HSBC will pay 1.9 billion US dollars (£1.2 billion) to settle a money-laundering probe by US federal and state authorities into Europe's biggest bank, officials have said.
The UK-based bank will pay 1.25 billion dollars (£777 million) in forfeiture and 655 million dollars (£407 million) in civil penalties, the American sources said.
The 1.25 billion dollar figure is the largest forfeiture ever in a case involving a bank.
Under what is known as a deferred prosecution agreement, the bank will be accused of violating the Bank Secrecy Act and the Trading With the Enemy Act.
The London-based bank says it is co-operating with investigations but that those discussions are confidential.
The probe into the bank - Europe's largest by market value - has focused on the transfer of billions of pounds on behalf of nations like Iran, which are under international sanctions, and the transfer of money through the US financial system from Mexican drug cartels.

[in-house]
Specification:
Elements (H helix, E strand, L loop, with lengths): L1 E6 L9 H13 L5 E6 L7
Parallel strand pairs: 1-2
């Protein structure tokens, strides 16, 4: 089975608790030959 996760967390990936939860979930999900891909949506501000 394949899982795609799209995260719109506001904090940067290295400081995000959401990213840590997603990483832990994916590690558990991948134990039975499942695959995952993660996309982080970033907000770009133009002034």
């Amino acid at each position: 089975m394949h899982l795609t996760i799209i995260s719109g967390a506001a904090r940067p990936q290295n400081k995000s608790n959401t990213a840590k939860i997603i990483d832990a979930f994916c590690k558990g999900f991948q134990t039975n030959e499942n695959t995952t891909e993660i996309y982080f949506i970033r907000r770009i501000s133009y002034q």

The US source said an official announcement on the agreement could come on Tuesday.
In regard to HSBC and Mexico, a US Senate investigative committee reported that in 2007 and 2008 HSBC Mexico sent to the United States about 7 billion dollars (£4.3 billion) in cash. The committee report said that amount of cash indicated illegal drug proceeds.